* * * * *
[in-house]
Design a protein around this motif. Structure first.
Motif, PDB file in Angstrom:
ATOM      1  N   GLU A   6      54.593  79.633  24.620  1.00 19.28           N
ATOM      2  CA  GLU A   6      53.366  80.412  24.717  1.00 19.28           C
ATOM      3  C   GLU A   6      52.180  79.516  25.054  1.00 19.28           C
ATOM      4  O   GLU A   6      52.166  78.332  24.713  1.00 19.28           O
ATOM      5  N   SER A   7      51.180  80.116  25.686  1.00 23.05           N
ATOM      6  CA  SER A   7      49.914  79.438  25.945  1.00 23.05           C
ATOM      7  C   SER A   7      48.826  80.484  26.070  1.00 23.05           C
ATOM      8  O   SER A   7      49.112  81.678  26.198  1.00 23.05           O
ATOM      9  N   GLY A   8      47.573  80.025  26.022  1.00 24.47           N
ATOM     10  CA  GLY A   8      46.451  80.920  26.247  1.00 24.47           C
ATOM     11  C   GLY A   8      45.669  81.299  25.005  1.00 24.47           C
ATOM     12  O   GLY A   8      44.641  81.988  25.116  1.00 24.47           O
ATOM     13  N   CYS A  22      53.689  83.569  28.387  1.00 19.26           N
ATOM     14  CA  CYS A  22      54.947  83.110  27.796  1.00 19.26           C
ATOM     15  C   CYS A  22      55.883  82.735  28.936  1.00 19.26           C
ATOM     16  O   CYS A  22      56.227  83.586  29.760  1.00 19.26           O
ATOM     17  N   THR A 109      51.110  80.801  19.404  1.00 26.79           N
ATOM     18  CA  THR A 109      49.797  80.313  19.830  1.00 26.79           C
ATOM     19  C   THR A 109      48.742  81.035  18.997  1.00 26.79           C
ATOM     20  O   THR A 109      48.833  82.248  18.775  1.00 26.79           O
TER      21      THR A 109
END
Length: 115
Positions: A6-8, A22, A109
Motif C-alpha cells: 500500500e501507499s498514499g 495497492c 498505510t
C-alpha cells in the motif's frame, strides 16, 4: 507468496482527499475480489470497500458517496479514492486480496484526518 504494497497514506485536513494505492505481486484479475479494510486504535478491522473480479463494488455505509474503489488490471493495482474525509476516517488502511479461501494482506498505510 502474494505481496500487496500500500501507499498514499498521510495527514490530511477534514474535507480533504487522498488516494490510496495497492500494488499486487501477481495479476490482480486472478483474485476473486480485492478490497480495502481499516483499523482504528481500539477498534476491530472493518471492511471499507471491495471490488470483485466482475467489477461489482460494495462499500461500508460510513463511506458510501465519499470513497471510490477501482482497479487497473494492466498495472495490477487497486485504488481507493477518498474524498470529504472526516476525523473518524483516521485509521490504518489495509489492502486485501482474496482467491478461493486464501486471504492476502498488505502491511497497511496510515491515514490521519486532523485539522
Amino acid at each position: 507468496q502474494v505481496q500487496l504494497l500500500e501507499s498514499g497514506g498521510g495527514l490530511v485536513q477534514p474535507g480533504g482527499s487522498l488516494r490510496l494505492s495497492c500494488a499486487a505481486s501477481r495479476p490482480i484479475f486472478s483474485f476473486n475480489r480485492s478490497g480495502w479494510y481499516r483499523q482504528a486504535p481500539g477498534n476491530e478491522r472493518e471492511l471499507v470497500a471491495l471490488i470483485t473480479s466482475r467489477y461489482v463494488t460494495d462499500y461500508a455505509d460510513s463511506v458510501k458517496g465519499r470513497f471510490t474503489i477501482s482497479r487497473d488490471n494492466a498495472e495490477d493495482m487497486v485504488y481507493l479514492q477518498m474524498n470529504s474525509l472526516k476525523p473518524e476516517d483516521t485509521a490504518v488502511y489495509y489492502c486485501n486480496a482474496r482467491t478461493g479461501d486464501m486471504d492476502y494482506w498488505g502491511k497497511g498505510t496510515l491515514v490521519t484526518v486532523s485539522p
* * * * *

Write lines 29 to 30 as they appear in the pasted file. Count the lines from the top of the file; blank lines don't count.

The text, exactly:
C-alpha cells in the motif's frame, strides 16, 4: 507468496482527499475480489470497500458517496479514492486480496484526518 504494497497514506485536513494505492505481486484479475479494510486504535478491522473480479463494488455505509474503489488490471493495482474525509476516517488502511479461501494482506498505510 502474494505481496500487496500500500501507499498514499498521510495527514490530511477534514474535507480533504487522498488516494490510496495497492500494488499486487501477481495479476490482480486472478483474485476473486480485492478490497480495502481499516483499523482504528481500539477498534476491530472493518471492511471499507471491495471490488470483485466482475467489477461489482460494495462499500461500508460510513463511506458510501465519499470513497471510490477501482482497479487497473494492466498495472495490477487497486485504488481507493477518498474524498470529504472526516476525523473518524483516521485509521490504518489495509489492502486485501482474496482467491478461493486464501486471504492476502498488505502491511497497511496510515491515514490521519486532523485539522
Amino acid at each position: 507468496q502474494v505481496q500487496l504494497l500500500e501507499s498514499g497514506g498521510g495527514l490530511v485536513q477534514p474535507g480533504g482527499s487522498l488516494r490510496l494505492s495497492c500494488a499486487a505481486s501477481r495479476p490482480i484479475f486472478s483474485f476473486n475480489r480485492s478490497g480495502w479494510y481499516r483499523q482504528a486504535p481500539g477498534n476491530e478491522r472493518e471492511l471499507v470497500a471491495l471490488i470483485t473480479s466482475r467489477y461489482v463494488t460494495d462499500y461500508a455505509d460510513s463511506v458510501k458517496g465519499r470513497f471510490t474503489i477501482s482497479r487497473d488490471n494492466a498495472e495490477d493495482m487497486v485504488y481507493l479514492q477518498m474524498n470529504s474525509l472526516k476525523p473518524e476516517d483516521t485509521a490504518v488502511y489495509y489492502c486485501n486480496a482474496r482467491t478461493g479461501d486464501m486471504d492476502y494482506w498488505g502491511k497497511g498505510t496510515l491515514v490521519t484526518v486532523s485539522p